(1) See DS-72-03 EnerChip CC CBC3150 Data Sheet and DS-72-01 EnerChip CBC050 Data Sheet for complete specifications of the Cymbet components on the CBC51100 module included with CBC-EVAL-10B.
(2) Fluorescent (FL) light conditions. EnerChip state-of-charge >90%.
(3) Dependent on battery state-of-charge and load conditions. State-of-charge will affect average VIN. At 0% battery stateof-charge, 2.6V < VIN < 3.1V, depending on load. At 100% battery state-of-charge, VIN will approach 5.2V at 700Lux.
(4) Continuous current for up to 1 minute with CBC51100 EnerChip module.
(5) For guidelines on adjusting the pulse current capability, see AN-1025: Using the EnerChip in Pulse Current Applications.
Specifications subject to change without notice.
CBC-EVAL-10B Circuit Schematics
As a result of designing the CBC-EVAL-10B to be versatile and useful for designing to any number of operating
environments and system requirements, there are many circuit elements that will not be necessary for any
given CCEH implementation. The full schematic of Figure 6 depicts the CBC-EVAL-10B in its entirety. A simpler
and more often used embodiment is shown in Figure 7. In Figure 7, the provision for external batteries has
been removed, as has the circuitry required for external system control of the CBC3150 charge pump. The
schematic of Figure 7 is reduced to the essential elements necessary for implementing an energy harvestingbased design using the CBC3150 circuitry and EnerChip batteries.
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CBC-EVAL-10B Circuit Schematic
Figure 6: CBC-EVAL-10B Circuit Schematic.
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CBC-EVAL-10B Circuit Schematic - Simplified
Figure 7: CBC-EVAL-10B Circuit Schematic with External Battery and External System Control Circuits Removed.
CBC-EVAL-10B Assembly Diagrams
Figure 8: CBC-EVAL-10B Assembly Diagram: Top View (left); Bottom View (right).
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CBC-EVAL-10B Bill of Materials
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Using Other Energy Harvesting Transducers
CBC-EVAL-10B includes a standard amorphous silicon solar panel (Sanyo AM1815 type) configured as 8 seriesconnected cells on a glass substrate. The output voltage and current vary with incident light intensity, wavelength, and load impedance.
DC sources other than the PV cell provided with the CBC-EVAL-10B may also be used as the energy harvesting
power transducer. The CBC-EVAL-10B module has an overvoltage protection circuit to clamp the input voltage
to less than 3.4V which protects the CBC-EVAL-10B and any loads attached to it from overvoltage conditions
on the input transducer which otherwise may exceed 7 volts. The protection circuit will clamp input currents of
up to 2mA so additional protection may be needed with very high power. The minimum input voltage required
to activate the internal charge pump of the CBC3150 is 2.5V. At <2.5V, the EnerChips will not charge and the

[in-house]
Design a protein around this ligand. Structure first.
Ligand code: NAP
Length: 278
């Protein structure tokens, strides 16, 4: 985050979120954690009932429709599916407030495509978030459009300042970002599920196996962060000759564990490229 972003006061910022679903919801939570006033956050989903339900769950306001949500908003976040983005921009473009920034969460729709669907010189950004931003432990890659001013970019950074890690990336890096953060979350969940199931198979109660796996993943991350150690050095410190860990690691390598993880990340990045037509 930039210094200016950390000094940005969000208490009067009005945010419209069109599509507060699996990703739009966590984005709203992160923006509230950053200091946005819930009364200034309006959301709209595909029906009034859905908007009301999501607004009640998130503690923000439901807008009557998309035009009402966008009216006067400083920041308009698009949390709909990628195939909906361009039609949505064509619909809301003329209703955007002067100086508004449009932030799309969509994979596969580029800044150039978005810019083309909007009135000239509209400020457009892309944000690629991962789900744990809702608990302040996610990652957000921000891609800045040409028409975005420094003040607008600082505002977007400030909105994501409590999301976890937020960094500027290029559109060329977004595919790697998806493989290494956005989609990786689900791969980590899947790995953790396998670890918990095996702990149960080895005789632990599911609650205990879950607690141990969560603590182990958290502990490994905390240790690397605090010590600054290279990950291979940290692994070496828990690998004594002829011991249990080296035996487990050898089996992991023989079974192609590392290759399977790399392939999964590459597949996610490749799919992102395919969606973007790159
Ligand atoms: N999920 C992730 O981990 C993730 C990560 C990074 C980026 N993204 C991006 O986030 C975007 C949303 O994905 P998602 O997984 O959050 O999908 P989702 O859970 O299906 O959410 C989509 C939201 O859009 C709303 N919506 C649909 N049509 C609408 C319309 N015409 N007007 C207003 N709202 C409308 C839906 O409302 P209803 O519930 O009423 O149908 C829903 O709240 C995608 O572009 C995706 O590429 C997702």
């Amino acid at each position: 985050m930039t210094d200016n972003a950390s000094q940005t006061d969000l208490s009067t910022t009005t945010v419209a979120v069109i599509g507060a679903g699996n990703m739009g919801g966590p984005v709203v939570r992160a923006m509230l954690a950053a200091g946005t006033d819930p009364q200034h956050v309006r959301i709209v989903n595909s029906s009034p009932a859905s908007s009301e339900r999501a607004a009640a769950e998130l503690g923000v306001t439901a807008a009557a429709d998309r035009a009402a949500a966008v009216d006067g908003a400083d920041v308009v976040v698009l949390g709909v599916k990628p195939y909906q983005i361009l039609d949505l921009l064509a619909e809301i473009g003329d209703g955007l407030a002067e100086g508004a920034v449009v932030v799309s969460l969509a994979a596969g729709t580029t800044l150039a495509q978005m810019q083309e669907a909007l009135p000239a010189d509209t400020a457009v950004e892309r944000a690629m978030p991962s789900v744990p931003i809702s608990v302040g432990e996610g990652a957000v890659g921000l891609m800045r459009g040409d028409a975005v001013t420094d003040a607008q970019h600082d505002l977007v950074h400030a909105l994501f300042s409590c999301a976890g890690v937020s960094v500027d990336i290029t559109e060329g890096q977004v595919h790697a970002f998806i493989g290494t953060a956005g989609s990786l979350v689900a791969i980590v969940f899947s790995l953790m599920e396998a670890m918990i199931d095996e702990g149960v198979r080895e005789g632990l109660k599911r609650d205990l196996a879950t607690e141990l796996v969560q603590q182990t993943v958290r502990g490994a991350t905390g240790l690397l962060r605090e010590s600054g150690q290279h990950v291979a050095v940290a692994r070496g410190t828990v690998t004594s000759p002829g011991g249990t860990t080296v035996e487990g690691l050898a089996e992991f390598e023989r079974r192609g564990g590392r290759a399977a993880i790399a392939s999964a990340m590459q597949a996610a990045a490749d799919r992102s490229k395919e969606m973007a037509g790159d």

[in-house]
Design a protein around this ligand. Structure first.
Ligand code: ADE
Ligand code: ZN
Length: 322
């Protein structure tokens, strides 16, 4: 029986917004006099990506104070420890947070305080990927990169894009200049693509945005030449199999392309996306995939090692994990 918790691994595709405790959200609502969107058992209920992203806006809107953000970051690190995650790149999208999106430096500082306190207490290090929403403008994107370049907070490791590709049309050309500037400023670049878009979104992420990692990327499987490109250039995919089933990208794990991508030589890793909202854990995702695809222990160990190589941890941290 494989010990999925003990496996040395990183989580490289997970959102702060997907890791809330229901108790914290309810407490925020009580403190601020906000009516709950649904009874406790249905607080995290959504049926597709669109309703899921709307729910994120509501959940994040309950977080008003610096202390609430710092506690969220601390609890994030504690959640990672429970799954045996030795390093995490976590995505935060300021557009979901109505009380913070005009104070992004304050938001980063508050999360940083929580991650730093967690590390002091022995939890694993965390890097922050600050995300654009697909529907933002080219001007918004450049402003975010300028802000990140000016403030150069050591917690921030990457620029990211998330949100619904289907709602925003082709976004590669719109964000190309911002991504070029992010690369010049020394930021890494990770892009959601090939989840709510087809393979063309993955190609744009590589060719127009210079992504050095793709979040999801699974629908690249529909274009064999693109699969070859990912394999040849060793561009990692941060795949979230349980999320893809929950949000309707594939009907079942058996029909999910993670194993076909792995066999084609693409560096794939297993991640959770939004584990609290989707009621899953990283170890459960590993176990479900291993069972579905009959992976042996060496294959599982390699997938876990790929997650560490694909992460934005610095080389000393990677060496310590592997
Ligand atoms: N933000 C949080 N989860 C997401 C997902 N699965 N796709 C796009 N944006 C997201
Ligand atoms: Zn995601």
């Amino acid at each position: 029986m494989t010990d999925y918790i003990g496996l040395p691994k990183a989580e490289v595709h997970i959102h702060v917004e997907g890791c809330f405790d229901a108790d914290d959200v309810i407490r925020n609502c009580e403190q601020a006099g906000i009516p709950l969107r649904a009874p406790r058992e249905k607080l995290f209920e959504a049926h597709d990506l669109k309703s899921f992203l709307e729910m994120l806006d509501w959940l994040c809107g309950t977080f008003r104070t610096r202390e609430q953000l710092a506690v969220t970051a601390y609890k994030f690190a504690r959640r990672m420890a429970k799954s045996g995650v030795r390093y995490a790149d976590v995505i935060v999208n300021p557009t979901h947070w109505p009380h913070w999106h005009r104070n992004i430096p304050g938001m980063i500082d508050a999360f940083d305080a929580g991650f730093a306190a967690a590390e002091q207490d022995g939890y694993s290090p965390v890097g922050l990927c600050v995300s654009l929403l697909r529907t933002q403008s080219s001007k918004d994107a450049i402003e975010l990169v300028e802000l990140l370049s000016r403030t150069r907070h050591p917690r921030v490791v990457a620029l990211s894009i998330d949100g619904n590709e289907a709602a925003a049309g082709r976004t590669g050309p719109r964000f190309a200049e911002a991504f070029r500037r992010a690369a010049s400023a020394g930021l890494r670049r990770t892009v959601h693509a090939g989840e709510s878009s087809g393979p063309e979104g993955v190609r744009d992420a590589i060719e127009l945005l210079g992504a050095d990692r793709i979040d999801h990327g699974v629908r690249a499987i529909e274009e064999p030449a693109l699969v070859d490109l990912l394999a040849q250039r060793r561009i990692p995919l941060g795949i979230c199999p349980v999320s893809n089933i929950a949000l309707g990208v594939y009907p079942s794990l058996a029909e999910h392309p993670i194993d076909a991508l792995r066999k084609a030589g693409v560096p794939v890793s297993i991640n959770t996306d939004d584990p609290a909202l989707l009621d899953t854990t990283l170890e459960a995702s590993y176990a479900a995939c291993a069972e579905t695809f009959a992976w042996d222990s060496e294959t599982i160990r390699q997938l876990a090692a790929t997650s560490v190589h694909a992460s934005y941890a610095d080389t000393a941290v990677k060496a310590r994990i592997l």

power management circuit will not function. It is recommended that the input power source have a maximum
power operating point as close to 3.0V as possible. Operating characteristics for most transducers are typically
available from the manufacturer’s data sheet. An example photovoltaic cell operating curve is shown below.
Output impedance, operating voltage, and peak power point can also be verified by empirical measurements.
To determine the peak power point of a given PV cell, measure the load voltage and current as a variable load
impedance across the transducer is swept over a broad enough range where the peak power point can be
found by finding the maximum product of the measured load voltage and current.
VOC: Open-circuit voltage
ISC: Short-circuit current
VOP: Optimum operating voltage
IOP: Optimum operating current
PMAX: Maximum operating power
Current-Voltage Curve
Once the peak power point of the PV cell has been determined, the CBC3150 operating point can be adjusted
to match the PV cell. This is done by choosing different POR circuits with appropriate switching voltages and
adding a resistor divider R2 and R3 to the CBC-EVAL-10 module. As shipped, those resistors are not populated.
Cut the solder trace in the R2 location prior to adding the resistor. Resistor values should be sized according
the guidelines in the CBC3150 data sheet. It is important to note that the resistor divider will present a permanent parasitic load to the PV cells and therefore the calculation should be made to determine whether the
standard CBC3150 impedance matching setpoint of ~3V - though it might not be at the peak power point of a
particular PV cell - is preferred to the more optimized setpoint when considering the additional parasitic load on
the PV resulting from the added resistor divider.
©2014 Cymbet Corporation • Tel: +1-763-633-1780 • www.cymbet.com
DS-72-40 Rev C
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CBC-EVAL-10B EnerChip CC EH Evaluation Kit
System Design Recommendations to Save Power
In most system power budgets, the peak power required is not as critical as the length of time the power is
1. Careful selection of the message protocol for the RF link can have a significant impact on the overall power